Unwanted Witness has noticed a report done by CNN therein detailing how WhatsApp has been penetrated by hackers to the extent they could have access to its users’ phones.
The most interestingly account of this report, is that WhatsApp which is an encrypted messaging service, owned by social media giant Facebook, was attacked by NSO Group. It’s reported that that NSO Group, which is a matter of fact an Israeli cyber company, has developed a powerful piece of malware designed to spy on its victims who use WhatsApp. It’s alleged that it’s this malware that aided the Saudi Arabian government to track journalist Jamal Khashoggi who was brutally murdered last year in Istanbul, Turkey, last year.
Domestically, it should be remembered that a report Unwanted Witness published earlier this year entitled “The state of digital rights in Uganda; repression on the internet sprouted in 2018”, raised a red flag. It expounded how Uganda had been listed among the 45 countries in which NSO’s group’s Pegasus spyware was conducting its maneuvers. For the uninitiated, Pegasus operates by sending a text message to the target’s phone which tempts that person to click an attached link resulting into NSO’s gaining full control over the phone.
Unwanted Witness is worried that not a lot has been done to hold the Ugandan government accountable over its recent move to escalate its questionable if not illegal surveillance system which include the CCTV cameras. Indeed, in a 2015 report, powered by Privacy international, the government was implicated in engaging in surveilling schemes. These operations were not limited to NRM critics but also journalists. That very report elaborated how that the state using the feared FINFisher intrusion malware via Wi-Fi of a number of lodgings in Kampala and upcountry precincts, in an operation codenamed “Fungua Macho.”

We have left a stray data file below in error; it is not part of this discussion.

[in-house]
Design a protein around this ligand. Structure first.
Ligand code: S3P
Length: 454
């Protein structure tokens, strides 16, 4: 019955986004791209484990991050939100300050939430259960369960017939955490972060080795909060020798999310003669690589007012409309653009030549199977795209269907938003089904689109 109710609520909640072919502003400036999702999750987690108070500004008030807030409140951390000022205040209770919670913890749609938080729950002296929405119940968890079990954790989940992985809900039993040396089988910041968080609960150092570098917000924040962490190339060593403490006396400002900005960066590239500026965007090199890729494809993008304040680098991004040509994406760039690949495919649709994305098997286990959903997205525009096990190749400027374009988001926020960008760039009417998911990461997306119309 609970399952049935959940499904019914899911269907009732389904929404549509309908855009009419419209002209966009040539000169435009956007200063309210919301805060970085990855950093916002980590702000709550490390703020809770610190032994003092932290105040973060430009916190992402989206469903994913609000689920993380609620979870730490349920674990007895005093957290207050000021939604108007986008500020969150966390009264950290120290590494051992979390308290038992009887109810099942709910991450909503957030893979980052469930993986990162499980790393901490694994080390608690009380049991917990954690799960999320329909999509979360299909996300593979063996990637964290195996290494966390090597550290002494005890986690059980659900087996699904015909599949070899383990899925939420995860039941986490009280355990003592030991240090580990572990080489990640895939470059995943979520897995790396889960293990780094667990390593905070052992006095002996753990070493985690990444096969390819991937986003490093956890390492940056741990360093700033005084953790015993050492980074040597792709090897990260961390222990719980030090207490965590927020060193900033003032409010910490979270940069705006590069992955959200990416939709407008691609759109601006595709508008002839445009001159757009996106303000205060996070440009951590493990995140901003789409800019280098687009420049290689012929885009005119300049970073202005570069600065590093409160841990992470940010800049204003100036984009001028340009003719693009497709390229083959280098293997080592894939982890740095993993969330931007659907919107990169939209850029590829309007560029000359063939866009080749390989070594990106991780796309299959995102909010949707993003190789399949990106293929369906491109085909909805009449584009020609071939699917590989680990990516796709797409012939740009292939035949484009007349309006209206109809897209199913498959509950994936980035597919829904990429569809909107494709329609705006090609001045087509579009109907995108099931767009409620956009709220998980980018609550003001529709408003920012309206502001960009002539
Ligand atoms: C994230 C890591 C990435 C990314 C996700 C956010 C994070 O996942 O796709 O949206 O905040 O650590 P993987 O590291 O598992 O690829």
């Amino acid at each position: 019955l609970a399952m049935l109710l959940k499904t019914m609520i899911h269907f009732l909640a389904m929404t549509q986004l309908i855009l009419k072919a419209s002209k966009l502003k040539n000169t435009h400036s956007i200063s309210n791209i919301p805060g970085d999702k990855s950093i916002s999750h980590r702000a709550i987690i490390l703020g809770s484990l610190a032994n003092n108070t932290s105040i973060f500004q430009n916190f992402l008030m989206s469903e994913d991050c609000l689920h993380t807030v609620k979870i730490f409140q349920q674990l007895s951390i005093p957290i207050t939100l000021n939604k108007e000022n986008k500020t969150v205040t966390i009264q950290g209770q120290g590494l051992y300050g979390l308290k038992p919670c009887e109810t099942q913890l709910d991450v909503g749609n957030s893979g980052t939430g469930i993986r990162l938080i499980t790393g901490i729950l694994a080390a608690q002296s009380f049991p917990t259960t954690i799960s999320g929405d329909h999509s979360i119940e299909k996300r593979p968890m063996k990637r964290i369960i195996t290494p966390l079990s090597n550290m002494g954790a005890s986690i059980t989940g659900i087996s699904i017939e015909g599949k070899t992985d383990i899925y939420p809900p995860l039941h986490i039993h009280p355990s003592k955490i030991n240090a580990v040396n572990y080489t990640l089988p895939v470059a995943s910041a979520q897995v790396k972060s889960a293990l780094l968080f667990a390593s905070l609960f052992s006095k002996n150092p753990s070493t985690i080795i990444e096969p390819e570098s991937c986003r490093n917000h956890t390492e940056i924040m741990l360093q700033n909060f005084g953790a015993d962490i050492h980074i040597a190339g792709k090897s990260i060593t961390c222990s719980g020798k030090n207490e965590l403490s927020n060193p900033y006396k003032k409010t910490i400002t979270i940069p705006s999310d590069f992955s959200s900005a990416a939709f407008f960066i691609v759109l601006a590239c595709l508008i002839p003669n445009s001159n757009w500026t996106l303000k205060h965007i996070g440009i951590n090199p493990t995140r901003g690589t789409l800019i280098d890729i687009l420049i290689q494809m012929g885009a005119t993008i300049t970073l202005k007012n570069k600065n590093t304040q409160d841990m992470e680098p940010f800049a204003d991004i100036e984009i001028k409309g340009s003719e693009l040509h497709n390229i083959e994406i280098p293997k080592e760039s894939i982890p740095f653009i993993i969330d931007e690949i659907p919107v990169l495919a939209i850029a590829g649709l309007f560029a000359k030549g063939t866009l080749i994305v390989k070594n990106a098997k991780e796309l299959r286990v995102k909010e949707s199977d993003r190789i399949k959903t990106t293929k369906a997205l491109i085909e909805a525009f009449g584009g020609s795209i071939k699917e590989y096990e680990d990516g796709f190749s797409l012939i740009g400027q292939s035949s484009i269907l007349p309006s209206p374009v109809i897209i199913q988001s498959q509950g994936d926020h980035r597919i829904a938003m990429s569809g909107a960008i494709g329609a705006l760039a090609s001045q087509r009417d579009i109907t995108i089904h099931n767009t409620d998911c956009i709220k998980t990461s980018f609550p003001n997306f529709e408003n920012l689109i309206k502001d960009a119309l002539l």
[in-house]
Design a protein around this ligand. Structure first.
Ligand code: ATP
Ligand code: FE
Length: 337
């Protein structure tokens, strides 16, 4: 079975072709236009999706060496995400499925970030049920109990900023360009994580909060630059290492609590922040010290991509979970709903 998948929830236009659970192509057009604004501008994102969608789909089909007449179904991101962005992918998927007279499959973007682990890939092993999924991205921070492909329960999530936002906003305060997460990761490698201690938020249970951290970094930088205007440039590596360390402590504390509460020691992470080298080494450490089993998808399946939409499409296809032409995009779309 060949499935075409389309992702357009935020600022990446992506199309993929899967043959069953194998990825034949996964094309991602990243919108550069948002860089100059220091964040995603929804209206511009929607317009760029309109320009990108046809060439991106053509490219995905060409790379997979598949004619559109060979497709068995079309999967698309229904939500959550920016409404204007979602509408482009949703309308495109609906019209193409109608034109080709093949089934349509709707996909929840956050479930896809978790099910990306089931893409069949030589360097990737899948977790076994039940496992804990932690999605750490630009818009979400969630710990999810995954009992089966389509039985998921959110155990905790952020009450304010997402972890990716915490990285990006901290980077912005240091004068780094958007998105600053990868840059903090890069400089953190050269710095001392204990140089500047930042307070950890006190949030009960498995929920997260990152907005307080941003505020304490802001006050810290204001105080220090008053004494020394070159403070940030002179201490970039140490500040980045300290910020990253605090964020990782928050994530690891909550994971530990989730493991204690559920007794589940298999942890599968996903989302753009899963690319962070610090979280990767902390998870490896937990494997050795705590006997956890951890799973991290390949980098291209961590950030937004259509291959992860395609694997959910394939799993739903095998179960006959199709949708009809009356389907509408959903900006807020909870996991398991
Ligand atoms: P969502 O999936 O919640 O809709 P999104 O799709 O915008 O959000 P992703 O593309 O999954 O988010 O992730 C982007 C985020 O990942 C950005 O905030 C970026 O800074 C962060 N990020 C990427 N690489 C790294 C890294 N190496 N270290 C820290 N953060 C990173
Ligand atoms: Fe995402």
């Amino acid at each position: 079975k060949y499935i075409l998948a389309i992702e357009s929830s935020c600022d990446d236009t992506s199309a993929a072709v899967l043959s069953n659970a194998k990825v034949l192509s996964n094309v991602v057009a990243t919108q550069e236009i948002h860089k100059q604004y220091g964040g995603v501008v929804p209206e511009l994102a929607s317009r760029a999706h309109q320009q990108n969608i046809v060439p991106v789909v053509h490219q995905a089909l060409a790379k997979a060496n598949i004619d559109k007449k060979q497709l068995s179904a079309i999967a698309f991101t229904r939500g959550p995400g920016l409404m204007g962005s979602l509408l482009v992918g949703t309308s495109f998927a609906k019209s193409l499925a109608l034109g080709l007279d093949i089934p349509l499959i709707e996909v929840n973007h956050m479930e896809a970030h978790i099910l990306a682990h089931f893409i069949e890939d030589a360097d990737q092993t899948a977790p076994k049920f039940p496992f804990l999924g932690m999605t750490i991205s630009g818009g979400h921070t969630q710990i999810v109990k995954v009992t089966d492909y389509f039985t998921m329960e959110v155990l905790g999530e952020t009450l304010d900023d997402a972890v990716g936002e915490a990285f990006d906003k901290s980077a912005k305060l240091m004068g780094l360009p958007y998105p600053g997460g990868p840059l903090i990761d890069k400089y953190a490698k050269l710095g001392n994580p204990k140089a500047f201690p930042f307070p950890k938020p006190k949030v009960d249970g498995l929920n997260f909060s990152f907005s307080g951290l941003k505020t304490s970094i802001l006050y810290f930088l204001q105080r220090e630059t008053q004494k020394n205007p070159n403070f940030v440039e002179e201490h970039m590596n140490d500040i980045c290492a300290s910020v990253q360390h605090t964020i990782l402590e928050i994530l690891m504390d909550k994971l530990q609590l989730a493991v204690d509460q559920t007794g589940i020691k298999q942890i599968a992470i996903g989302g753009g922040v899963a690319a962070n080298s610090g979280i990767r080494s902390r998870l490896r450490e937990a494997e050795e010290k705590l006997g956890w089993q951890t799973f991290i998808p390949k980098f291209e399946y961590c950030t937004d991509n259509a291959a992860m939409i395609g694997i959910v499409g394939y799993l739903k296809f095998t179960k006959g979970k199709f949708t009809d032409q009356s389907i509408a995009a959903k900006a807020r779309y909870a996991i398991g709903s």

In light of that, Unwanted Witness is worried that with the preparations of the much anticipated 2021 general elections gaining steam, every other day, spying by the state which is either covert or overt, is going become a big weapon more than ever before.
As much as in the short term, Ugandans are advised against using public Wi-Fi spots, the government should be reminded, albeit for the umpteenth time, that it’s a signatory to international human rights laws, which guarantee freedom of expression and speech, in addition to its local instrument, which all need to be respected.
Suffice to note, the current constitution in unambiguous terms makes it clear under article 27 that no person shall be subjected to interference with the privacy of that person’s home, correspondence, communication or other property.